Have you been tasked with booking a speaker for your company virtual meeting?
Do you need some virtual team motivation?
Well, the good news is, there are plenty of great speakers for us to suggest for your meeting.
Since March 2020, many professional speakers have been on a fast learning curve. Those who talk about ‘change’ have really had to practice what they preach by adapting to online presenting.
Conference speakers have had to adapt from reading the expressions on the faces of a group of delegates and feeding off the buzz in the room, to recreating similar energy and audience engagement remotely.
Our speakers are now ‘on fire’ with their virtual conference presentations.
Whether a live broadcast on Zoom, WebEx or Microsoft Teams at your pre-determined time, or a pre-recorded speech for you to play at a time to suit, the motivation and energy are still there!
Although you no longer need to think about booking a venue, caterers, accommodation and travel, there are still a few things for you to bear in mind, such as:
- Speaker budget.
- Speech length and content.
- Speech time, especially if delegates from overseas are joining.
- Your preferred virtual platform.
We’ve picked up a number of top tips to help achieve the perfect virtual speech from professional speakers, bookers, AV companies and event organisers.
They include online presenting tips through to the best software and hardware to guarantee a better presentation.
Without boring you with a very long tech list, here are our Top 10 Virtual Event Speakers Tips, which you can use when delivering a virtual presentation, such as a pitch or a monthly update to your team, or for you to discuss with your next keynote speaker.
1. Stand-up when Speaking.
If you can, please stand. If you are presenting a keynote speech or delivering an important message to your team, standing will make you feel like you are actually presenting on stage in front of an audience.
Try not to sit, and don’t treat it like any other online call – it’s not a catch-up Zoom call with your bestie.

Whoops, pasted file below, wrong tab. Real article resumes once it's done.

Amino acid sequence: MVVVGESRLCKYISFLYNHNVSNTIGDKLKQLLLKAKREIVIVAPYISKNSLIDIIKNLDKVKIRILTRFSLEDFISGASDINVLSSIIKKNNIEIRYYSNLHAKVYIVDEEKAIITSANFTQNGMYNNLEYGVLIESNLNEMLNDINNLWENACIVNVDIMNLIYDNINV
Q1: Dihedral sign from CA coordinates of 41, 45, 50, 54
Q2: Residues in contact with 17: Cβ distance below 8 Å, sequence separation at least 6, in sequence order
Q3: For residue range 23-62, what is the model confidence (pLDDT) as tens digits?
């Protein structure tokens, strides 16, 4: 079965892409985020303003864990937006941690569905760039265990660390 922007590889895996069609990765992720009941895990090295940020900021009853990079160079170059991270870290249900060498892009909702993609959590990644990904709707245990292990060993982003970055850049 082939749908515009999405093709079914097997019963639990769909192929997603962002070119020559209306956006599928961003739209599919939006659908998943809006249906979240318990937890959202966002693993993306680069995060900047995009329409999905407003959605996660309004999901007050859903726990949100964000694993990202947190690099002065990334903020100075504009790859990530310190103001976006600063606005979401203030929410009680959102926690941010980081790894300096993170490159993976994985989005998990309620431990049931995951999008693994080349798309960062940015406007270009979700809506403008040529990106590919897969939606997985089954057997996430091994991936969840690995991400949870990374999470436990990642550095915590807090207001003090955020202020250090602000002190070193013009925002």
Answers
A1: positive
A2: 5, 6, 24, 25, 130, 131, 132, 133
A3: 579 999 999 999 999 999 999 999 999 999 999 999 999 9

2. Invest in a Webcam.
Whilst many laptops feature good built-in cameras, separate webcams such as the Logitech range offer superior imaging with extra features.
If you can get your hands on a Logitech webcam or similar, (webcams flew off the shelves during lockdown) they can help you achieve Ultra HD, digital zoom, high frame rates and superb low-light performance.
3. Invest in a Microphone.
Once again, whilst the built-in mic on your laptop will suffice, it can struggle to pick up your voice if you move away from the laptop or move around when speaking.
We recommend investing in a high-quality lapel mic or a Blue Yeti, which is referred to as the World’s #1 USB Mic – and surprisingly inexpensive.
4. Camera at Shoulder & Head Height
How many times have you taken part in an online meeting and found yourself looking up the nose of the person speaking on screen? It’s not a good look.
You’ve probably heard this before, but please make sure your camera is at the same level as your head and shoulders. This is easily achieved by placing your camera on a pile of books, or a box.
If you are standing, (you know we love speakers who stand) place your camera on a stepladder or a tripod to achieve the correct height.
Now, this can get very technical. You need to have the light source in front of you and ideally behind (or to the sides) of the camera.